Letters to the Editor for June 5, 2019
Dear People of the Great State of Nevada,
A couple of weeks ago, I had a letter to the editor published in this newspaper. It said that I was doing a state report on Nevada and asked you to send me some information.
Your response was overwhelming! I have tried my best to send a personal thank you to everyone, but if you sent something and have not received a personal letter, please know how much I appreciate the time, thought, effort and money that you took to help me with my project. I learned so much, and I will never forget this experience!
On May 17, we (had) a big “State Fair” where we get to display the information and the items we received. The people of the great state of Nevada will be well represented! Thank you again.
Sincerely, Drake Alexander
Charlotte Latin School
What is peculiar to me is that state, county and cities can find money to give 2 to 5 percent raises to fill a spot when a person retires or quits, then at the end of their first year a big bonus for such a “good job.” Others, they find money for bonus and a raise at the end of each year. Also find money to build these “roundabouts.” They don’t seem to work as well as the present controls. But can’t find a dime to repair “potholes” or broken sidewalks to help take care of our veterans who are sleeping wherever they can, trying to keep warm while wrapping in plastic and eating out of dumpsters or whatever they can find. Also find money to feed, clothe, house, school and anything else they want, ask for: medical, driver’s license if you are an “illegal.” Yet, we have seniors on Social Security — $600 to $1,000 a month can pay rent, food and meds all at once. Only one or the other.
Two years of Democrats’ investigations lacked results
A recent author of a letter to the editor (“Child president throws another tantrum,” May 29) complained that President Trump was having a “temper tantrum” and acting like a “child.” While I don’t always agree with the way our president does things, I most certainly don’t agree with the author’s assessment. In case the author has just woken up from hibernation and missed it, there was an investigation that lasted over two years and found there were no crimes committed that need further investigation. The author also says that the president should just say, “Investigate all you want but do it quickly.” Apparently, I have a different definition of “quickly.” Over two years and millions of taxpayer dollars spent to come up with nothing at all? In regards to “doing the business of the people,” I wonder when the Democrats will start doing that? I guess we will just have to put up with another year of “investigations” since they don’t seem to have any other ideas that are worth discussing. Who is really acting like children?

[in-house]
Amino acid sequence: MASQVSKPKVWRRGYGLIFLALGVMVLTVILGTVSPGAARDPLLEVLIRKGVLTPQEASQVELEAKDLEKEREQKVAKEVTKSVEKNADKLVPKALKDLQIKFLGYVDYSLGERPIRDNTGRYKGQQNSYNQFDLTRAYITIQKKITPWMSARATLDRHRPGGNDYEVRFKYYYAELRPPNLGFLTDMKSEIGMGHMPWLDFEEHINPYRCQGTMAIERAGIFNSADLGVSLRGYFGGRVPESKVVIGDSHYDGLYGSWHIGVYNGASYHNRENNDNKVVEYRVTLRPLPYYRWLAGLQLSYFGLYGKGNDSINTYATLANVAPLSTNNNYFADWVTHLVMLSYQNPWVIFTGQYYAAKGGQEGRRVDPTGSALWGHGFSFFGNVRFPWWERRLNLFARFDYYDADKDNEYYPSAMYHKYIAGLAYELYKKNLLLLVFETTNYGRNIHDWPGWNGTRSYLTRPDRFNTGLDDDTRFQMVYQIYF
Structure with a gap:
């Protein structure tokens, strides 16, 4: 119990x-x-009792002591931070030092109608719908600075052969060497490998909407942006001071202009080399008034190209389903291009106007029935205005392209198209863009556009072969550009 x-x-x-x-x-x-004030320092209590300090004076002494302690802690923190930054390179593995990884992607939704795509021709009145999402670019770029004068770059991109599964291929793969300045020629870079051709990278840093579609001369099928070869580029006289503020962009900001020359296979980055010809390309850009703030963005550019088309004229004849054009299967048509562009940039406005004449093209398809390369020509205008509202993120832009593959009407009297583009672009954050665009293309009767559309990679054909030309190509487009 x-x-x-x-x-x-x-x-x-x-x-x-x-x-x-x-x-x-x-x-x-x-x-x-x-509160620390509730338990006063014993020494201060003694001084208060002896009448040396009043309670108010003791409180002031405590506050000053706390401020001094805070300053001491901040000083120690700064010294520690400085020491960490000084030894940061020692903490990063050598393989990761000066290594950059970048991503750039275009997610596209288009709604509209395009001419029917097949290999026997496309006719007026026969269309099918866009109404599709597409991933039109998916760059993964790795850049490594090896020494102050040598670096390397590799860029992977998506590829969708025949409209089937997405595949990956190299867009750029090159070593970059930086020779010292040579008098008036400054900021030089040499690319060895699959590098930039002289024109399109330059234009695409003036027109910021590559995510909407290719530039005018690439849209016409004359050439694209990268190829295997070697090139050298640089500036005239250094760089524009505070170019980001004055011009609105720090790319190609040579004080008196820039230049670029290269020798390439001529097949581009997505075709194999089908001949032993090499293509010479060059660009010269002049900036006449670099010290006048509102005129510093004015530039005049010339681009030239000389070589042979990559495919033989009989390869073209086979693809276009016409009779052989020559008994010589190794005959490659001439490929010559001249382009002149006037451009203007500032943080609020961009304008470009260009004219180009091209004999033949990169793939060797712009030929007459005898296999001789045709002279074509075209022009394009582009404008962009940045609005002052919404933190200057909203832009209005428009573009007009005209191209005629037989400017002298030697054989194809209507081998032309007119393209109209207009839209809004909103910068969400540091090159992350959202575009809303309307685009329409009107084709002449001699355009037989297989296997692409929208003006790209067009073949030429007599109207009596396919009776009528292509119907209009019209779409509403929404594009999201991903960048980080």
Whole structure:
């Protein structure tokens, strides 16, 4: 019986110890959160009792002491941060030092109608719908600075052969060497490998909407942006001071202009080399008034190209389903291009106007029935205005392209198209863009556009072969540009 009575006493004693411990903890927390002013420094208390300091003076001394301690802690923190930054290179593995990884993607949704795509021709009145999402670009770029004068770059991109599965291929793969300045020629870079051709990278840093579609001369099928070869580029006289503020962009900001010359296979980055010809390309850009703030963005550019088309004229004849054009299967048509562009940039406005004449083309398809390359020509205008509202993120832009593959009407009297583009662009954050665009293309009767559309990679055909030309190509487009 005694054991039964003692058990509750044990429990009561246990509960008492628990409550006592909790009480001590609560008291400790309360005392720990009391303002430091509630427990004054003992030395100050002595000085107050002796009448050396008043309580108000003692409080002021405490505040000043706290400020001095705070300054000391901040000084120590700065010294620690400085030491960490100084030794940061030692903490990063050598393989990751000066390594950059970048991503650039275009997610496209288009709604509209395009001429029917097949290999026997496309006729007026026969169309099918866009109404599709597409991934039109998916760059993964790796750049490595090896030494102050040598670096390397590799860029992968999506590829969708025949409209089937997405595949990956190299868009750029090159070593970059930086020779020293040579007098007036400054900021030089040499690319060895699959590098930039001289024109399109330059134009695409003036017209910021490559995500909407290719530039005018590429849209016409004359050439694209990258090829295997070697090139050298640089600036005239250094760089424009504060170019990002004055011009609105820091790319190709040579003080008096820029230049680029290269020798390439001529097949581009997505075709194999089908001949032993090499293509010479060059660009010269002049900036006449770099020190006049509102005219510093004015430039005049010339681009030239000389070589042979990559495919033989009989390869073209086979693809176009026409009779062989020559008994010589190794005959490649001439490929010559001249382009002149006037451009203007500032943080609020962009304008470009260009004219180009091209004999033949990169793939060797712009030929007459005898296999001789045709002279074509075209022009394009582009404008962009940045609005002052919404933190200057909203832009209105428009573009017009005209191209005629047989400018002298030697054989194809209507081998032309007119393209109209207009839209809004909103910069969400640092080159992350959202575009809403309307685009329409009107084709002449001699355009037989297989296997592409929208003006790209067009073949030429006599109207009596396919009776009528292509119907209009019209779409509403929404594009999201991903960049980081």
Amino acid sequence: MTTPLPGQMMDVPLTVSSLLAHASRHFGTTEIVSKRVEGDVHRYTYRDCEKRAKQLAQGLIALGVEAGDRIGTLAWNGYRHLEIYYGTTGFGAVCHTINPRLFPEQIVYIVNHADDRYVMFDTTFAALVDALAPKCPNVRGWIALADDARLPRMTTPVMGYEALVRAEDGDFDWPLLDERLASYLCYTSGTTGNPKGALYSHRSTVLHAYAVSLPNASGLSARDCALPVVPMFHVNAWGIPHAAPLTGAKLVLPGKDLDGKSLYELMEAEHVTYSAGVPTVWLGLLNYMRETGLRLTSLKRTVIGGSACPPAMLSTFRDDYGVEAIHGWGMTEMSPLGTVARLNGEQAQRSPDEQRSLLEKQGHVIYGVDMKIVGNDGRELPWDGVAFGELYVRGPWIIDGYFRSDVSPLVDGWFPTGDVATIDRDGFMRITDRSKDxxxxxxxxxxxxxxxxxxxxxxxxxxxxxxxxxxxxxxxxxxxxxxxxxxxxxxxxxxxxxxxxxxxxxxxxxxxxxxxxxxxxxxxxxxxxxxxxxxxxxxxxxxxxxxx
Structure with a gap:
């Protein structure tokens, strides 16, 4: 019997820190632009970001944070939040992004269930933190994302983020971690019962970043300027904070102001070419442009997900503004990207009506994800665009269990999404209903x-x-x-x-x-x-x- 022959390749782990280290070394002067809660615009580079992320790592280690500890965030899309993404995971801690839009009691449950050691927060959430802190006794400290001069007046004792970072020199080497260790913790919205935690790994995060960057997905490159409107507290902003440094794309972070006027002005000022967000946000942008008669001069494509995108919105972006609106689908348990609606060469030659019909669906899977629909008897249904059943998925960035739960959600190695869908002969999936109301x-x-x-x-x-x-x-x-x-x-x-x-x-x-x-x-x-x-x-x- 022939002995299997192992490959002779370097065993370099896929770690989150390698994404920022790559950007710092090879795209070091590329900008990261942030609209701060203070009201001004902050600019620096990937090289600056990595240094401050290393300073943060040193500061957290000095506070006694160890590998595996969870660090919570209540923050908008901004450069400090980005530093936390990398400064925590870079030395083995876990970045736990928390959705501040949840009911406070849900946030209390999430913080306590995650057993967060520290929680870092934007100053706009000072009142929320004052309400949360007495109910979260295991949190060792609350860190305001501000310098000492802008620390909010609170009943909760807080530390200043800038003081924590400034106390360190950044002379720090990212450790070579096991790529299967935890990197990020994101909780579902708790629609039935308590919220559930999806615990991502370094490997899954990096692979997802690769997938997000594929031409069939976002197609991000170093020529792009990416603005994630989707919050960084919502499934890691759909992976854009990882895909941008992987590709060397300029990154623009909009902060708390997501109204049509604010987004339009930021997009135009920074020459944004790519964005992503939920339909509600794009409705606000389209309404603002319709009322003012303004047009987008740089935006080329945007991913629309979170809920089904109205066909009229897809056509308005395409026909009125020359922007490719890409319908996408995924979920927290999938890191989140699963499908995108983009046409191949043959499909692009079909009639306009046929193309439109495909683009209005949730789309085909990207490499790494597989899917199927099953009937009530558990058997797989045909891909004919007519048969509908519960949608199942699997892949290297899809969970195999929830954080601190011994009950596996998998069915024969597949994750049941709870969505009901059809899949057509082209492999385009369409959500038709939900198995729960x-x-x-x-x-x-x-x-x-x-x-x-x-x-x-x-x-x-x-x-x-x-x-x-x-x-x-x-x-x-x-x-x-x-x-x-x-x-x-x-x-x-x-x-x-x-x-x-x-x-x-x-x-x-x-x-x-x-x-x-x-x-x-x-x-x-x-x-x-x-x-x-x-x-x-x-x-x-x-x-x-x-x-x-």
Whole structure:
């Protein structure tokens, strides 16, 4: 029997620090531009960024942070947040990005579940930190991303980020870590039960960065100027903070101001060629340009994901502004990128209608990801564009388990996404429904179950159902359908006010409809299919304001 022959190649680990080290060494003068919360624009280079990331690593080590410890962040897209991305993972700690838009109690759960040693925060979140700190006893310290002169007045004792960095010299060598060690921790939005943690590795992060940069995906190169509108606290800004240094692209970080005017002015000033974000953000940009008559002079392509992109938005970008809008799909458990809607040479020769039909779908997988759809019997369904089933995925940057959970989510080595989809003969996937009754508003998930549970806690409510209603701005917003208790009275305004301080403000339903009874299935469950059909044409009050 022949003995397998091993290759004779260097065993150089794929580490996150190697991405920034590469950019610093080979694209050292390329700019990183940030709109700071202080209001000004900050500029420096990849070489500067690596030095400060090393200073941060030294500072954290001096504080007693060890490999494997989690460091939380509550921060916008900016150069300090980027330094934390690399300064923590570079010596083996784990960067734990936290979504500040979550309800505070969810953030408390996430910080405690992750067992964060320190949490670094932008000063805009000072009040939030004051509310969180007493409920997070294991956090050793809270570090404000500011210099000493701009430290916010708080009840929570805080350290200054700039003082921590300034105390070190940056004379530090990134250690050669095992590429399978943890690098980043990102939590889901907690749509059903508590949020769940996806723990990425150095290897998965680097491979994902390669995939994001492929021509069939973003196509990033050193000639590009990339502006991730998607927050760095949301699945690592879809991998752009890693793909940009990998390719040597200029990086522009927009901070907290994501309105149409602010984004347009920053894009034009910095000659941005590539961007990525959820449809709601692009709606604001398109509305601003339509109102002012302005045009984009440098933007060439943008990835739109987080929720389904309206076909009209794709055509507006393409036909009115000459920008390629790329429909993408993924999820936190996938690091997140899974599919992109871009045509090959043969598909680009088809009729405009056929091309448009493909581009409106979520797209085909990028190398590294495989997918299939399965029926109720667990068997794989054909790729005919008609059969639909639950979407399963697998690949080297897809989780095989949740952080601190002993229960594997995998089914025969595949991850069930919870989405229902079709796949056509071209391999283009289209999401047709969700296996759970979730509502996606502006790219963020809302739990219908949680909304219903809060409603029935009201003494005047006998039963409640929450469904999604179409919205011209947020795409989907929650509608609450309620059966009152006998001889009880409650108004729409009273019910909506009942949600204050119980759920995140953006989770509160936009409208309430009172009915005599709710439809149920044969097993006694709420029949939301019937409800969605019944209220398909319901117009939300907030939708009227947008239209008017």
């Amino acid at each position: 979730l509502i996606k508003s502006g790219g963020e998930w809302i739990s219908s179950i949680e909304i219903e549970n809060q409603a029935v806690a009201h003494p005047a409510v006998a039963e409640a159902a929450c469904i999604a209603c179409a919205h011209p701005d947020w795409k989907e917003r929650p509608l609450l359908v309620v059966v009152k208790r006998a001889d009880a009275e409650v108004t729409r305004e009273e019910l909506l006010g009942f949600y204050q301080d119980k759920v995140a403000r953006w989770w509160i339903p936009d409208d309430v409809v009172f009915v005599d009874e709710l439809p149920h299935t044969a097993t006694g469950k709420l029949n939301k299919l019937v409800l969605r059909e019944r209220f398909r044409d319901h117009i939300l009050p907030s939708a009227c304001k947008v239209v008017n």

Draconion abortion laws could carry consequences
In a coordinated campaign to overturn Roe v. Wade, anti-choice legislators and governors in several southern and midwestern states have enacted blanket bans on abortion. Georgia went so far as to threaten physicians with 99-year prison terms and made it a crime for women to leave the state to seek abortion services elsewhere. There would be little point in going next door to Alabama, which has banned abortions even in cases of rape or incest.
These draconian laws do have potential consequences for the states adopting them. If Georgia’s abortion law is upheld by the courts, it stands to lose most or all of its $9.5 billion film industry. It’s a similar situation in Alabama, which has a thriving automobile industry.
Honda makes its Ridgeline, Pilot and Odyssey models at a plant outside of Birmingham. Hyundai manufactures its Sonata, Elantra and Santa Fe models in Montgomery. In Tuscaloosa, Mercedes assembles its C-Class, GLE-Class and GLS-Class. In Huntsville, Toyota makes engines for its RAV4s, Highlanders, Corollas, Tacomas, Sequoias and Tundras.
Anyone taking exception to the state of Alabama making women’s reproductive choices for them might want to think about driving other makes and models. This could potentially include the 65 percent of Alabama voters who expressed their opposition to blanket abortion bans in a survey taken in 2018. Why those same voters elected the Legislature and governor who put just such a law on the books remains a mystery.